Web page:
Emerging role for the killer-cell immunoglobulin-like receptors genotype, in the susceptibility of skin diseases.

Journal of dermatological science

PubMedID: 23642663

Matusiak L, Bialynicki-Birula R, Szepietowski JC. Emerging role for the killer-cell immunoglobulin-like receptors genotype, in the susceptibility of skin diseases. J Dermatol Sci. 2013;71(1):3-11.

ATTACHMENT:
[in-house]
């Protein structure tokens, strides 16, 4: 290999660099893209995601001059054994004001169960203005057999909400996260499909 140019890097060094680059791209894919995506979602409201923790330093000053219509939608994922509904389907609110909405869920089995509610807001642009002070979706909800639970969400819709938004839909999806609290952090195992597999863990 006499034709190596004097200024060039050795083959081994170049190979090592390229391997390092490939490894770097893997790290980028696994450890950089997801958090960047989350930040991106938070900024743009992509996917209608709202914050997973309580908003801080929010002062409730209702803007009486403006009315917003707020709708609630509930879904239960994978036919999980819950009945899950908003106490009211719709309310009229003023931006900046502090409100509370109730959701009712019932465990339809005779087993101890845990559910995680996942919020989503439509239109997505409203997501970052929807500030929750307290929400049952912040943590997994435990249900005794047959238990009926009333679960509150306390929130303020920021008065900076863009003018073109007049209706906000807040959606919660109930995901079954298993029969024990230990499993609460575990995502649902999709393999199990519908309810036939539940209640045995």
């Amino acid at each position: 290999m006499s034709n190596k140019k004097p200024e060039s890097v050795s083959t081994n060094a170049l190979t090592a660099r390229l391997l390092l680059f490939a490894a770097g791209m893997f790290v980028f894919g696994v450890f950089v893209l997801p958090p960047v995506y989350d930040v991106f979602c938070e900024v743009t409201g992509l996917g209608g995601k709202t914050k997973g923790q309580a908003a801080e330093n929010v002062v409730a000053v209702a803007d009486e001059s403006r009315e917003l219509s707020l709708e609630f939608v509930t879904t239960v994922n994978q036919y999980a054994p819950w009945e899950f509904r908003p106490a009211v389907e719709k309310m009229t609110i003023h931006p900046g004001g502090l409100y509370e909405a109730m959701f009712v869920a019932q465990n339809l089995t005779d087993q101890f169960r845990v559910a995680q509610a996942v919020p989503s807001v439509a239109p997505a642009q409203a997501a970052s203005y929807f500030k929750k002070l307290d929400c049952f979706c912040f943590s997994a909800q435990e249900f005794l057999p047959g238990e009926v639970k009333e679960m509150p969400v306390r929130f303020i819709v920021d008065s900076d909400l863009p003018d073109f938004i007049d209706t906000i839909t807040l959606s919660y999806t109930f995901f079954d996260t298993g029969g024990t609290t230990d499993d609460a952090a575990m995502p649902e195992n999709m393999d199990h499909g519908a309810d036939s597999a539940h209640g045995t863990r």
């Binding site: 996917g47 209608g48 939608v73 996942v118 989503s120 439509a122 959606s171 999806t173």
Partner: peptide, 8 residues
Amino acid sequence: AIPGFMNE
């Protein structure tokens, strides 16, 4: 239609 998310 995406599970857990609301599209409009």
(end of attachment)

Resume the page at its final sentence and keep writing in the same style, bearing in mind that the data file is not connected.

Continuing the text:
NK cells are a major group of immune cells responsible for the phenomenon of natural, innate cytotoxicity. One of the better studied receptors of human NK cells are killer cell immunoglobulin-like receptors (KIR) responsible for checking the presence of MHC class I molecules, which serve as their ligands. Although previously treated as specific for NK cells, nowadays these receptors are known to also occur on T cells. Genetics of KIR molecules is very complicated, what create a great variability of haplotypes in various populations world-wide. In addition, some KIR are known to recognize HLA-C (epitopes C1 or C2), HLA-B (Bw4) or HLA-A (A3 and/or A11) molecules. Therefore, this makes a huge diversity of reactions among individuals, depending on the presence or absence of given KIR and their ligands, hence differential susceptibility to several diseases, including various dermatoses. This paper underlines the important role of both KIR genotypes and HLA class I genes with reference to the various skin diseases.